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Mark Newton wrote:

Mark, I'm getting testy - why should i qualify a comment as being about N.America when the thread is about N. America????
Quit picking your nits. Or else get a good wash in sheep dip to get rid of them.
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Wolf Kirchmeir wrote:

You're only getting testy because you posted something that was wrong and then got called on it.

No sheep around here. Thinking of New Zealand again?
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Wolf Kirchmeir wrote:

<deafening silence from Wolf...>
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Mark Newton wrote:

Oh, I've heard of manual block. Not relevant here. AFAIK, it's a UK term. In N. America, trains run by timetable and train orders.
And you're picking nits again. You really do have an obsession with Being Right, don't you.
Bye bye.
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Wolf Kirchmeir wrote:

PS: The time a train passed through a control point was telegraphed to the next one, and _to the dispatcher_. The term was "train O/S", which IIRC meant "train on sheet" (the telegrapher's record of the times the trains came through.) But manual block as described above was not a N. American practice. It gives the agents control over train movements. But train orders from the dispatcher governed train movements, even when there was a timetable.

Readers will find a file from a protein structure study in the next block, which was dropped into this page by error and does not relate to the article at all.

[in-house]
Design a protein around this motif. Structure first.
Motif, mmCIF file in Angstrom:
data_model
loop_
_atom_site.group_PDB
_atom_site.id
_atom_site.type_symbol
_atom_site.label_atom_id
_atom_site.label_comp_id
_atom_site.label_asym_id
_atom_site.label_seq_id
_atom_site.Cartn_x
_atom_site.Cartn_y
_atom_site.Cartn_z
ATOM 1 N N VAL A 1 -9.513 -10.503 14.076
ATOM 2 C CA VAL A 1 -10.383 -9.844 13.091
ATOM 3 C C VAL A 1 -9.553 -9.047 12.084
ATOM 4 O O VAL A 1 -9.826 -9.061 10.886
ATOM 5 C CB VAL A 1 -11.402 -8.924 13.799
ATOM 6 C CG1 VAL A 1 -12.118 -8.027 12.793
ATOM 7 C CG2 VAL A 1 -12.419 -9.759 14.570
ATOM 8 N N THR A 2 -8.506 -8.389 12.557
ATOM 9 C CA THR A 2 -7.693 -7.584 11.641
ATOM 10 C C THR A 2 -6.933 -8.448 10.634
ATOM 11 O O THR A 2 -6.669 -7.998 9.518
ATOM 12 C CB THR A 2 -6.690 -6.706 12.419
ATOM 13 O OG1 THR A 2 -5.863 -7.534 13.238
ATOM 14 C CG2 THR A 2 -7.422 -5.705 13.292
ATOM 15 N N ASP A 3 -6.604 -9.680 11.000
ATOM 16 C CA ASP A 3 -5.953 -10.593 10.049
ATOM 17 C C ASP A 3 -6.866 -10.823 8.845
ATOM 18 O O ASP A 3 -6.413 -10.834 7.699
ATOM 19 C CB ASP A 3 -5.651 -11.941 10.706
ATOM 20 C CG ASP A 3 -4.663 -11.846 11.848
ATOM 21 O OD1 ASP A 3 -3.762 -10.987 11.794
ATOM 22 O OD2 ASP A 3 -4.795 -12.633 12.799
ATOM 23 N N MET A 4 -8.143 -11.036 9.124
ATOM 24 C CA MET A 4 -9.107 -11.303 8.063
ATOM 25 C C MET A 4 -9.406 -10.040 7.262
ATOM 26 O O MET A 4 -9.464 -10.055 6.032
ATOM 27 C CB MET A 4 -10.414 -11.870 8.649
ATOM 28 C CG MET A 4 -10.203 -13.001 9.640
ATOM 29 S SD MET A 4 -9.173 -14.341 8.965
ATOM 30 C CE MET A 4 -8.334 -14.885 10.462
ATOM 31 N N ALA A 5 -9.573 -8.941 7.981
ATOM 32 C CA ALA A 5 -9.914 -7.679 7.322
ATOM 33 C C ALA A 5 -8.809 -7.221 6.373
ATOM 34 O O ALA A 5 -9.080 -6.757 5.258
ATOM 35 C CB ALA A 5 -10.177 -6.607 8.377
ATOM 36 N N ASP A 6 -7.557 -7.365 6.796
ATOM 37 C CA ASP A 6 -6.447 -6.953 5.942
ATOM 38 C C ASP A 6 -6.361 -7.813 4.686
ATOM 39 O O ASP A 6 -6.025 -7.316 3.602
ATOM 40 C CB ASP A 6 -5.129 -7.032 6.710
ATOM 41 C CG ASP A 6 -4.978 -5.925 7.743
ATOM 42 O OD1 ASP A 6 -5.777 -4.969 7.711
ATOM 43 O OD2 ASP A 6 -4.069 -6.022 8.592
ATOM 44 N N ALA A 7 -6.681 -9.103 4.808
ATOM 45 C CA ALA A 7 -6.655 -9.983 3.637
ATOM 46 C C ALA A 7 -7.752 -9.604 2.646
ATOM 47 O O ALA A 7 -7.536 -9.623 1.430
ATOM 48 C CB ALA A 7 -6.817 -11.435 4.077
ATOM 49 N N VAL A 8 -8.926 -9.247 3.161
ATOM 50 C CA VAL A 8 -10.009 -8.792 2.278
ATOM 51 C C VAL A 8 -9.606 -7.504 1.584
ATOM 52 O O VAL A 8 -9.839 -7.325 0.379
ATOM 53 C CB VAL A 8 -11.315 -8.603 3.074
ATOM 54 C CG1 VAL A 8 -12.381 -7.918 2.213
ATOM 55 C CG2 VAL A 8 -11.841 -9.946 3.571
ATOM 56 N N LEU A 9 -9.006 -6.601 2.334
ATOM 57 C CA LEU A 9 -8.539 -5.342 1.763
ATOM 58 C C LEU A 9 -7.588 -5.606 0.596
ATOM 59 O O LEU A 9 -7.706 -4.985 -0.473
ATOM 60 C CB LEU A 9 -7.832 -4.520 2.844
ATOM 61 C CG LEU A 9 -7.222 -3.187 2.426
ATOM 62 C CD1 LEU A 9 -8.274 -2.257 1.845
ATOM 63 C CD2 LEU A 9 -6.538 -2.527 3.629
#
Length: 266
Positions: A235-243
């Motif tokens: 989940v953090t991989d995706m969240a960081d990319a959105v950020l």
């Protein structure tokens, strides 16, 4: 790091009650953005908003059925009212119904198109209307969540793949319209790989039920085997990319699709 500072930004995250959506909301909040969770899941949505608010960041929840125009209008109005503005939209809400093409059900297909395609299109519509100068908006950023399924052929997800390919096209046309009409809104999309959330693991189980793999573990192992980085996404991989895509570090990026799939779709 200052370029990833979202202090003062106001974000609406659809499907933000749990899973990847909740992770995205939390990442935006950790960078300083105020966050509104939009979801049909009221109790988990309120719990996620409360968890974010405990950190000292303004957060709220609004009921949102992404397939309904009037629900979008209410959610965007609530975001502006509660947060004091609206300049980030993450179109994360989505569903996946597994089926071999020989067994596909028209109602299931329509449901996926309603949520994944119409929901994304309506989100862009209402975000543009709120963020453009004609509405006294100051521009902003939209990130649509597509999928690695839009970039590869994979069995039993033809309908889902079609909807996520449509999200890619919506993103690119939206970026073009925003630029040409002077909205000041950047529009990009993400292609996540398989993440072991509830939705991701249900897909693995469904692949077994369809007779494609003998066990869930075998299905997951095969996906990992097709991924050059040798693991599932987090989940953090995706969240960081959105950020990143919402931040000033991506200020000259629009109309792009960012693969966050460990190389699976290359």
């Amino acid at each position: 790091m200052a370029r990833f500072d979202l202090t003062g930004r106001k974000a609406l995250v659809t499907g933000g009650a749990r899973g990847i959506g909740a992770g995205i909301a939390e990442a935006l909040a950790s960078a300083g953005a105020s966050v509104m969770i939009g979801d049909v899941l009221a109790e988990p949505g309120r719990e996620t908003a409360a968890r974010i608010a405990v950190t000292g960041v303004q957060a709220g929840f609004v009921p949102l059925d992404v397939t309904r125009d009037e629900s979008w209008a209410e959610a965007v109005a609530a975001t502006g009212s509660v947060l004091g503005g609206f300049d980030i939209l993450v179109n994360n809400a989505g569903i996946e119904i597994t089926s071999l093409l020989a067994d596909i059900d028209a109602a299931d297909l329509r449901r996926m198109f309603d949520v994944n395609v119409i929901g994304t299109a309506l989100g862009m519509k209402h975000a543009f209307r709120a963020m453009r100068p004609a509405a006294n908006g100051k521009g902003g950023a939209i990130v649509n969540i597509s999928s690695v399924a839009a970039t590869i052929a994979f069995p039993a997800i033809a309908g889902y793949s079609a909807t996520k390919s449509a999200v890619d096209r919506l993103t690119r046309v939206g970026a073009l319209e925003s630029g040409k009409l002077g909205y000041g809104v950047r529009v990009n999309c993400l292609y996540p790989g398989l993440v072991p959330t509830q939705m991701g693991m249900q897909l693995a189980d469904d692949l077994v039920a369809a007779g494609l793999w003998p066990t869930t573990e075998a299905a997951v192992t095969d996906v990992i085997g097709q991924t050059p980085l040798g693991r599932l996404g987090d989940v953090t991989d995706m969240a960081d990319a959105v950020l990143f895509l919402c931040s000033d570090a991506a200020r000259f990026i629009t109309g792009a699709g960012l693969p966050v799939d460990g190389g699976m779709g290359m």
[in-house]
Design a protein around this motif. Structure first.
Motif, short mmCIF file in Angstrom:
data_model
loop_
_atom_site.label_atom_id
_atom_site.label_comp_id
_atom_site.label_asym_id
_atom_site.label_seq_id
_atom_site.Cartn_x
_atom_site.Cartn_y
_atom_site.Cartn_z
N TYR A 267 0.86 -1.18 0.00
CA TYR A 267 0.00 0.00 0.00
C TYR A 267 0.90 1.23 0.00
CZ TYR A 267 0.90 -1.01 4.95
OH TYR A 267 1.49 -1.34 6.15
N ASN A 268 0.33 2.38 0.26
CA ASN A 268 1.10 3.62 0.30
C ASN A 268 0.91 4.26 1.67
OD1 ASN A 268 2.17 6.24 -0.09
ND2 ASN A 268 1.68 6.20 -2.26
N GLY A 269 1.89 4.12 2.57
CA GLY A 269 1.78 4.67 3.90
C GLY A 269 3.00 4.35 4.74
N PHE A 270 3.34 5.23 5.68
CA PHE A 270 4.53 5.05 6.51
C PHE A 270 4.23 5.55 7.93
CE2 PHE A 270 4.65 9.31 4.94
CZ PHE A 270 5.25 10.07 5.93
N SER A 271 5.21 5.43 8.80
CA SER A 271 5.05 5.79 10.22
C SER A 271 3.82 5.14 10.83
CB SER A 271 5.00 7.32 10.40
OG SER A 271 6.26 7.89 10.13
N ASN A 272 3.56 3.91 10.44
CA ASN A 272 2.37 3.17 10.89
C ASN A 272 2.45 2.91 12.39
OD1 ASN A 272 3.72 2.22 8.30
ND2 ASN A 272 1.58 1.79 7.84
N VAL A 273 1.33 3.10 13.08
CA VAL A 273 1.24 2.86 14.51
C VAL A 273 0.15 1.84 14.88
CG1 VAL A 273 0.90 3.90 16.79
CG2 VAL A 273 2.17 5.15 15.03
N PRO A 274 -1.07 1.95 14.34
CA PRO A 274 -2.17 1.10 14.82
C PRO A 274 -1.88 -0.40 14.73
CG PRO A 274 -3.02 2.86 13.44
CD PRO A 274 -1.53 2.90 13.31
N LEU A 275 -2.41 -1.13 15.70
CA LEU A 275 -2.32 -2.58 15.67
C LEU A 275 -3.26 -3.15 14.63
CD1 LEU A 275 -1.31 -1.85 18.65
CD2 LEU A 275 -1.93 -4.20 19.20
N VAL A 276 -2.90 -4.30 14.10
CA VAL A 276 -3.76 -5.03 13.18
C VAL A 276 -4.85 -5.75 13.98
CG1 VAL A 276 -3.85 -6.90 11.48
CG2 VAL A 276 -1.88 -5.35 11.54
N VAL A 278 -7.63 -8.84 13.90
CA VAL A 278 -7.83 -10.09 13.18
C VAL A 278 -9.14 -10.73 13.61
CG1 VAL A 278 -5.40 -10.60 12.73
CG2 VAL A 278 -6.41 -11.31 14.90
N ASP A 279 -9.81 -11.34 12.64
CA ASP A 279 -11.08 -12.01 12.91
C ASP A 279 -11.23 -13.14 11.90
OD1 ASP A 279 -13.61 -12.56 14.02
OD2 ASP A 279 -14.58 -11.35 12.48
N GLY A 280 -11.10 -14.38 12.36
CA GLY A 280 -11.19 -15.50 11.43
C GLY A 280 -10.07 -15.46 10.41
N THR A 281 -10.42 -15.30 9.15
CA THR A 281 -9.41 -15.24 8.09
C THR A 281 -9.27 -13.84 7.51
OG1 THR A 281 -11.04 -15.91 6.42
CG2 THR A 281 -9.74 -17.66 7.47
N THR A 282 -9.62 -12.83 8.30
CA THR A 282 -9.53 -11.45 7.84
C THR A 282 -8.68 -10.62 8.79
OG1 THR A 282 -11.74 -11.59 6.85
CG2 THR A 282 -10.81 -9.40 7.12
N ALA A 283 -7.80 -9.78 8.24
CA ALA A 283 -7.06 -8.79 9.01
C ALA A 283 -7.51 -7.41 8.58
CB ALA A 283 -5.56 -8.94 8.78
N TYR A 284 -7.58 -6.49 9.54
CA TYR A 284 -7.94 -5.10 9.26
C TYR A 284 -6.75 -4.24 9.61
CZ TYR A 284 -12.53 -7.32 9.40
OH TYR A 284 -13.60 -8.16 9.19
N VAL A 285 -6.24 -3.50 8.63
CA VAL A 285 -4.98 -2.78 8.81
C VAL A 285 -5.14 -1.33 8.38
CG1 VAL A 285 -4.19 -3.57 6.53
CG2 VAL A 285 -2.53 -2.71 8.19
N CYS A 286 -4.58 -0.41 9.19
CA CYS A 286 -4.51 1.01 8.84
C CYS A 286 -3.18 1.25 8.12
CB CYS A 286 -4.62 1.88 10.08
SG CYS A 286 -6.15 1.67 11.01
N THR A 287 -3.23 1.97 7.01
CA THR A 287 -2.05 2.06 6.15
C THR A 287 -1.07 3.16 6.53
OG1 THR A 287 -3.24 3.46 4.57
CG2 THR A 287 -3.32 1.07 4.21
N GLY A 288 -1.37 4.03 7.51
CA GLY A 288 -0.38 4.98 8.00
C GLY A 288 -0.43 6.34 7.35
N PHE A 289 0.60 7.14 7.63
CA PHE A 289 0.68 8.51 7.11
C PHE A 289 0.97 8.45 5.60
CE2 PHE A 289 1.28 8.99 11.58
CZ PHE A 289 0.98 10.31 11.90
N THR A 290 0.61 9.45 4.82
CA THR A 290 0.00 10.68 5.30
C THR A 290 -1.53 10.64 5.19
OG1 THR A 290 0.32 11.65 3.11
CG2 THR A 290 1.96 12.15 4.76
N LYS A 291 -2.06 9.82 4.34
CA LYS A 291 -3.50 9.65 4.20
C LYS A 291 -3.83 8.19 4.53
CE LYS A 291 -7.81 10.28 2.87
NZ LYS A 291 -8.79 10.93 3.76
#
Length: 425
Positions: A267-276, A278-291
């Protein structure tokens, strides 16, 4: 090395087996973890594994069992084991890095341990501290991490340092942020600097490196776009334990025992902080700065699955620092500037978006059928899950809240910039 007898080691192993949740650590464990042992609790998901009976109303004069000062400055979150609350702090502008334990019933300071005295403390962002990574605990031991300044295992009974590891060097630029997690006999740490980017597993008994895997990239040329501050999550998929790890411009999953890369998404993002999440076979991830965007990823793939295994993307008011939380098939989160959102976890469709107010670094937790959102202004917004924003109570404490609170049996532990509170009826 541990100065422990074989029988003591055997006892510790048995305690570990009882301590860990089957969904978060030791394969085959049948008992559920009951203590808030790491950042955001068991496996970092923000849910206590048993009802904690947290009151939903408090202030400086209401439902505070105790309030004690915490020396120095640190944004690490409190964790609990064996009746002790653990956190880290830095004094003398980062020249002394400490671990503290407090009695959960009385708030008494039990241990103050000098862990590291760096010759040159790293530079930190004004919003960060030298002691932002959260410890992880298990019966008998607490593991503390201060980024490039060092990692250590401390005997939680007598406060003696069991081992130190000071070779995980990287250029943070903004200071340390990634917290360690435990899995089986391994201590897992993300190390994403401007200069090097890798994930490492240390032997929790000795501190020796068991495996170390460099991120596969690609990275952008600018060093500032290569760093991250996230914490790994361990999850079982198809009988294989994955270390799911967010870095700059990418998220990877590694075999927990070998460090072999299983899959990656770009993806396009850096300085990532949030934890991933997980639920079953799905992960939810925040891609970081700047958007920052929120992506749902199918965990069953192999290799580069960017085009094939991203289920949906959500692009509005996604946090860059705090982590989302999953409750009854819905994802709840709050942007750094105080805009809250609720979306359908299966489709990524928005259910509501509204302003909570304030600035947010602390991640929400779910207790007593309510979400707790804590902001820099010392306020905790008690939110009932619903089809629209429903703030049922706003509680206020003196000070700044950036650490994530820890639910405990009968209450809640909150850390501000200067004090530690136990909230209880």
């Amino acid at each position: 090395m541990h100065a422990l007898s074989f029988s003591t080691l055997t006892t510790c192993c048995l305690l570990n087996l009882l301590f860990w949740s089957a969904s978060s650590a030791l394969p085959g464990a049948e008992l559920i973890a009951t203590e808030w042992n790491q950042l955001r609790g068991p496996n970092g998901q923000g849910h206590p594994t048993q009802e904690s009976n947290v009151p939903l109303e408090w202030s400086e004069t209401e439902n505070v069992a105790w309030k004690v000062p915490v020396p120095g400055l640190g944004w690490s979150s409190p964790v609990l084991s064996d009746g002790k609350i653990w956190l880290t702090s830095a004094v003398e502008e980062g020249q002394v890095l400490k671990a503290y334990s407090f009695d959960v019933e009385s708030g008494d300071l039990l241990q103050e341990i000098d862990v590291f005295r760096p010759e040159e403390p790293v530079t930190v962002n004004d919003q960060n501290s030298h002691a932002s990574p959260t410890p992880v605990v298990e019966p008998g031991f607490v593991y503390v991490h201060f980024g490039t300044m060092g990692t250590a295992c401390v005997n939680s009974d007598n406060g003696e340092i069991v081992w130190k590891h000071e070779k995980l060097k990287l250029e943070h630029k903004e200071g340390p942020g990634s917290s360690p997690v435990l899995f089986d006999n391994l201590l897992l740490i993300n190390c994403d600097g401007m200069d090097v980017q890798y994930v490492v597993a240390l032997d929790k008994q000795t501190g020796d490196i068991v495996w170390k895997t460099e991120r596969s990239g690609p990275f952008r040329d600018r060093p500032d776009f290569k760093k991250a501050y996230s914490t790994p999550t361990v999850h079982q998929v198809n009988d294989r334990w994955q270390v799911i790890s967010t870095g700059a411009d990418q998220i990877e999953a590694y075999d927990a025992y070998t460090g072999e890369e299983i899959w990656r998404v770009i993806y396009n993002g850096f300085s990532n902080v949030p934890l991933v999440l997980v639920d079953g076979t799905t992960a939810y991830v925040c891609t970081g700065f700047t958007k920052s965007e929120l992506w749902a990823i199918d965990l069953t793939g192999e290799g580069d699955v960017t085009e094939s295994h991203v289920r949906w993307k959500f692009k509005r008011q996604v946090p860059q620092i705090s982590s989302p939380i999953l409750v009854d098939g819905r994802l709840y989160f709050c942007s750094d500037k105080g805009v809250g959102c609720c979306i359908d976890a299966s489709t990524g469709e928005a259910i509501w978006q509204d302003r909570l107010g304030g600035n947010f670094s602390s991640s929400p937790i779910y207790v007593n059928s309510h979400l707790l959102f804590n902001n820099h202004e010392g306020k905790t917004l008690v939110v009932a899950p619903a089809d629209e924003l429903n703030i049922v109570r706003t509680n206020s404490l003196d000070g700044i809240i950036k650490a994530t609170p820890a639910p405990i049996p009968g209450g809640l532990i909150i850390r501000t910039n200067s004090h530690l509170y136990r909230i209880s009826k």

HTH
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As the poster of the original query it helps me! I was going to post a supplementary question but you have actually answered my query without the question. Thanks again. Tony
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Wolf Kirchmeir wrote:

Wrong again - refer to numerous Eastern railroad rulebooks for more detailed descriptions of manual block...
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Wolf Kirchmeir wrote:

Oh, but it *is* relevant here, since it was one of the systems used to control trains on narrow gauge lines in North America.

Then you don't know as much as think you do - it's a term, and a system, used in North America. The term is not used as such in the UK.

Indeed, that's *ONE* of the systems used. But not the only one. You're just displaying your ignorance now, Wolf.